Tuesday, December 18, 2012
Review: The Stein & Candle Detective Agency, Vol. 3: Red Reunion
The Stein & Candle Detective Agency, Vol. 3: Red Reunion by Michael Panush
My rating: 4 of 5 stars
Book Info: Genre: Urban Fantasy/Serial shorts/Pulp or Noir fiction
Reading Level: Young Adult
Recommended for: Fans of the series, pulp fiction, noir, fun stories
Trigger Warnings: There is a fair bit of violence
Disclosure: I received an e-galley ARC from Curiosity Quills via NetGalley in exchange for an honest review. All opinions are my own.
Synopsis (slightly altered for space) courtesy of Goodreads: For Weatherby Stein and Morton Candle – private detectives specializing in the paranormal – life normally isn’t easy. They deal with cases that pit them against ferocious demons in the Tokyo underworld, Satan-worshipping teenagers in a seemingly normal suburb and lizard-men in a Lake Tahoe lounge, and they still manage to come out on top.
But now one of Weatherby’s ancient ancestors, the villainous Viscount Wagner Stein, has been resurrected and is looking to stir up trouble – and he’s not alone.
Facing down dangers from the past like the Viscount and the newly arisen Dracula, Lord of Vampires, Weatherby and Mort have no choice but call in help. They’ll bring in Weatherby’s sister, a college student studying folklore and her beatnik boyfriend. They’ll bring in Morton’s squad mates, a tough bunch of soldiers who stormed through Europe together. And they’ll bring in a hulking monster named Adam, with another connection to the past of Weatherby’s family.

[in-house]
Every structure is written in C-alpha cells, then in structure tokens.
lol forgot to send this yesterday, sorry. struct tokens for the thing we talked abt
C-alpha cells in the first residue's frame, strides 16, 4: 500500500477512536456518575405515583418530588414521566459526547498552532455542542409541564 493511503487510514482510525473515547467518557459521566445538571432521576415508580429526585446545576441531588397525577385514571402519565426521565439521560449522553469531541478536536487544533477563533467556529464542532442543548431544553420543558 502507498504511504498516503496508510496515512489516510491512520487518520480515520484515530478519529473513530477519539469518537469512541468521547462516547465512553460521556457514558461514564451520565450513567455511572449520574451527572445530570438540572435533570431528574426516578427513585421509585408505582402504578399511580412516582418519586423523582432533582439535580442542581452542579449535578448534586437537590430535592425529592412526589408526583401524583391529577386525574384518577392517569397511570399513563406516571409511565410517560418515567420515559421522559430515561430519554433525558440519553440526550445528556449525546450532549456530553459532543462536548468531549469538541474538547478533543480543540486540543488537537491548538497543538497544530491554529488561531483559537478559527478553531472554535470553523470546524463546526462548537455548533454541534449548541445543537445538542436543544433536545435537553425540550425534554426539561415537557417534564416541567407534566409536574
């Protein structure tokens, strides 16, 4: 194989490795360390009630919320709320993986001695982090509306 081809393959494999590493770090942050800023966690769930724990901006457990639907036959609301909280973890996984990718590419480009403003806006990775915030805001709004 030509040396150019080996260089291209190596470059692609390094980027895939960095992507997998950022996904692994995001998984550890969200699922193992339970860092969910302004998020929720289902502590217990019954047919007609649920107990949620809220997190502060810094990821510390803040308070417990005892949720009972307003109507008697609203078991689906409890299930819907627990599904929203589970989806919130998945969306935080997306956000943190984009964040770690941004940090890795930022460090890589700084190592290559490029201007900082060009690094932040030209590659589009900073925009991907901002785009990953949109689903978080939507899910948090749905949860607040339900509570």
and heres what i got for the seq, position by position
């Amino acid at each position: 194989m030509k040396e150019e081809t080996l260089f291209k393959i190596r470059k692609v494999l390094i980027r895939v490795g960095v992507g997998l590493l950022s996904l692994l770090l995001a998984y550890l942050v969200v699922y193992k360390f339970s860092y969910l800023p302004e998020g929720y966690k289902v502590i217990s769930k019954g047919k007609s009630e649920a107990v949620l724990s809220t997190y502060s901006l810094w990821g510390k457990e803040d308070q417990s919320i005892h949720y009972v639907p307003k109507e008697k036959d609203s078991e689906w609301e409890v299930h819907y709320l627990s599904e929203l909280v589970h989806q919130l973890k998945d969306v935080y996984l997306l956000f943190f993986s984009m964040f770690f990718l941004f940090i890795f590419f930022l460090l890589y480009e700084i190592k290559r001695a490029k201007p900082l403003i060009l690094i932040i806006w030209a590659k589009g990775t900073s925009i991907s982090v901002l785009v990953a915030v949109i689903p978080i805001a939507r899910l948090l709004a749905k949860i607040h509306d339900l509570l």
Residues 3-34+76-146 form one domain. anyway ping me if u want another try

Weatherby, Morton and their allies make a stand to stop the evils of the past from corrupting of the future – and only one faction will make it out of the battle alive.
My Thoughts: I have read this entire series so far (Vol 1 review here and Vol 2 review here where links are permitted) and quite enjoyed it. This is very pulpy pulp fiction, so if that doesn’t appeal to you, these books probably won’t entertain you as much as they have me, but we each have our own vices and mine happens to be pulp fiction.
The first two books contained a few short stories apiece, and were really fairly short. This one is much longer, the stories almost reaching novella length, which I quite enjoyed. The first four stories—the basic plotlines to three of which (plus the first Dracula story) are explained in the first paragraph of the synopsis—take up exactly 50 percent of the book. Then there is a two-part final story. According to the end notes, this is the end of a trilogy, but Panush will be releasing some new series in the upcoming year. After these very enjoyable books, and his other book Dinosaur Jazz (review here where links are allowed), all of which are very good stories, I’m very much looking forward to what he will come up with next!
There are a number of typos in this book, including the consistent misuse of “breaks” instead of “brakes,” and missing and extra words. NetGalley usually provides ARC copies of books, so hopefully most of these issues will be fixed in the final book. This is the only reason I have dropped the rating to 4 stars, as it was distracting.
This book takes a sharp turn into noir in the last half of the book, but we really move deeply into the characters. While it is left open for potentially more stories—just in case—the ongoing issues that have been faced throughout the series are all more-or-less cleared up, and this is a very satisfying conclusion to the overall series. I really do recommend you check out this talented, young writer—I know I have very much enjoyed his books.
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